Q&A with David Greenwell
Alternative Minimum Tax changes provide taxpayers some stability
Q: Each year since 2001, Congress has scurried around at the last minute passing an amendment to the rules for determining the amount of the Alternative Minimum Tax (AMT) exemption an individual can utilize in determining his total tax liability. With the passage of The American Tax Relief Act of 2012 (passed in 2013) the AMT exemption, as increased for inflation, has been made permanent. What would have been the impact if this legislation had not been passed?
A: The total amount of taxes paid by individuals who are subject to AMT would have increased by as much as $10,000 or more for 2012. In addition, failure to pass this legislation would have increased the number of individuals who potentially would be subject to AMT by as many as 60 million taxpayers.
Q: Remind us about what AMT is and when it started.
A: The tax was enacted in 1969 to ensure the then-155 richest Americans couldn't avoid paying some tax. It requires people with higher incomes and more tax deductions to give up some deductions, including dependents, real estate taxes and state and local income taxes. Today, some 4 million taxpayers are subject to the tax, including half of filers who earn $75,000 to $100,000, and 81 percent of those who earn between $100,000 and $200,000.
Q: So now that the annual increase in the AMT exemption for inflation has been made permanent will taxpayers be able to plan better for AMT in the future?
A: Yes, the need to prepare estimates with and without the “patch” will no longer have to be performed by accountants as long as the current system stays in the tax code. However, there is a significant amount of support on both sides of the aisle to eliminate the AMT. President Obama has previously proposed to replace part of the AMT with the “Buffett Rule” as part of comprehensive tax reform. This proposed rule would ensure that taxpayers making more than $1 million would pay an effective tax rate of at least 30 percent.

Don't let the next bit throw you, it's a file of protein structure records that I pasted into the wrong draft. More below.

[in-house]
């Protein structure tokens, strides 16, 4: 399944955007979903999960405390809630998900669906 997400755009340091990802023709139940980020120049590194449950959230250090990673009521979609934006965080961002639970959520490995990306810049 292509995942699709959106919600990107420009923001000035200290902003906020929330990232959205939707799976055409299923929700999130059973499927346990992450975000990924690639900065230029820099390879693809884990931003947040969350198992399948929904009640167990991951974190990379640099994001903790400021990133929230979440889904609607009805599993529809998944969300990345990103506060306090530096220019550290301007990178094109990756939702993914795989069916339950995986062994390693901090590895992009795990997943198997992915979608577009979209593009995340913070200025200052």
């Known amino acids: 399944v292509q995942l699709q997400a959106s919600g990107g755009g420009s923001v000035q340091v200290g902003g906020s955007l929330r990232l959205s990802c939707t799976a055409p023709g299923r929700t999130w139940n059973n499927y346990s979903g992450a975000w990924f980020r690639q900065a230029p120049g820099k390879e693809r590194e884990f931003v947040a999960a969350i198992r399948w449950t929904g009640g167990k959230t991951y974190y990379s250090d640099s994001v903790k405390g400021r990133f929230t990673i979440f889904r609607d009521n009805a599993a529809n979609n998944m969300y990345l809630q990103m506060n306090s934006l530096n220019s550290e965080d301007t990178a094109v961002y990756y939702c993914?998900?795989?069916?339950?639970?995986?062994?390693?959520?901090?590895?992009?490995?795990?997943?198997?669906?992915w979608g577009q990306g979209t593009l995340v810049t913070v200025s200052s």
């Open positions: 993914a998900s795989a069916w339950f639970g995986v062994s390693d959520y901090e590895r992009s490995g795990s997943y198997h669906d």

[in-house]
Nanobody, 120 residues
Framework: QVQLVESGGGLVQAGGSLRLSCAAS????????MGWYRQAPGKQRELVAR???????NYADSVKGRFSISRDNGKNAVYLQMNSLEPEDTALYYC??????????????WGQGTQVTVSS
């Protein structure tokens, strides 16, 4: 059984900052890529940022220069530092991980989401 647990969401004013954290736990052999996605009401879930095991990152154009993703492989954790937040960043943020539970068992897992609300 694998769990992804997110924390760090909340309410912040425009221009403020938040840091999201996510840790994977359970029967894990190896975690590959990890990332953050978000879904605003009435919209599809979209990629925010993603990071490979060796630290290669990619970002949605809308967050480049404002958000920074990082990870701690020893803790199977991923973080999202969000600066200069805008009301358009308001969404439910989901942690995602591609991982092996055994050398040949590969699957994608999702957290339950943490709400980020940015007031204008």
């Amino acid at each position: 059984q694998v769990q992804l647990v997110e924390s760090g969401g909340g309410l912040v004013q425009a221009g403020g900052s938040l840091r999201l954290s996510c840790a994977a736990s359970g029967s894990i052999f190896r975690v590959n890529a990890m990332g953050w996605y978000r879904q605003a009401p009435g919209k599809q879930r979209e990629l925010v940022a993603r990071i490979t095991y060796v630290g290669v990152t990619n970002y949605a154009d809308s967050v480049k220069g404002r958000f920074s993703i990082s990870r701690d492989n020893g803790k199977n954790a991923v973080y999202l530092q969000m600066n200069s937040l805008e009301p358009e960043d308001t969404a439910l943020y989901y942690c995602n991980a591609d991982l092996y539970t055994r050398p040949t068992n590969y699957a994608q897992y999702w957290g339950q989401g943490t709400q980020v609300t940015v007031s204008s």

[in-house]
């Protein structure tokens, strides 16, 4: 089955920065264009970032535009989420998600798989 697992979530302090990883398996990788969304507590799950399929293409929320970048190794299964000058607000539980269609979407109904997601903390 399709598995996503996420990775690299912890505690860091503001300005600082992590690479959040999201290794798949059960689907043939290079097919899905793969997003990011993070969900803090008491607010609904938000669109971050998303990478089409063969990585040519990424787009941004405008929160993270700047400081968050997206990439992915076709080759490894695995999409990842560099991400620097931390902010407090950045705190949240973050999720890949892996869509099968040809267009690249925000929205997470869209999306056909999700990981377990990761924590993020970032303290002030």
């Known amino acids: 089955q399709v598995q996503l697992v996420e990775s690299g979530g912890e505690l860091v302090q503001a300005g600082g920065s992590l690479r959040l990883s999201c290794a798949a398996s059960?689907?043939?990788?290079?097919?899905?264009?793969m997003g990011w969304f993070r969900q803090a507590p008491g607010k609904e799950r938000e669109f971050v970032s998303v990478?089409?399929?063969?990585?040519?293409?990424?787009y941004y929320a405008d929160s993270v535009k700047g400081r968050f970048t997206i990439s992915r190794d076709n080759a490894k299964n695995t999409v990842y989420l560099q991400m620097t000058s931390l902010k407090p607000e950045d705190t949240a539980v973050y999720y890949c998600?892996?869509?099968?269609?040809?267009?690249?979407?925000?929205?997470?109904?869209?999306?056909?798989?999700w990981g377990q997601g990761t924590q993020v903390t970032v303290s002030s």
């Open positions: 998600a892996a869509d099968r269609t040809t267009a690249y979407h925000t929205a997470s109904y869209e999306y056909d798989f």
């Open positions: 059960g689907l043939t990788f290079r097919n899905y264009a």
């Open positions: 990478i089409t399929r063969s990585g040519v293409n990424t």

Q: Are there any changes included in the legislation that will impact individuals in 2013?
A: Perhaps the change that most closely aligns itself with the AMT is the Pease Limitation on itemized deductions for higher-income taxpayers. For married couples with $300,000 or more of adjusted gross income (AGI), they will see their itemized deductions reduced by 3 percent of the amount their AGI exceeds $300,000. However, the amount of itemized deductions cannot be reduced by more than 80 percent as a result of this rule. Similar rules also will limit the benefit of the personal exemption beginning in 2013.
Q: Were business provisions excluded from this tax legislation?
A: No, businesses actually came out the winner as their tax rates were kept intact and their ability to expense additions to equipment and other fixed assets were increased for 2012 and 2013. The legislation increased the Section 179 expense limitation from $139,000 to $500,000 for 2012 and 2013. In addition, 50 percent bonus depreciation for new depreciable assets with recovery periods of 20 years or less was extended through 2013. These types of accelerated depreciation methods are not considered preference items for purposes of AMT calculation for businesses.
PAULA BURKES, BUSINESS WRITER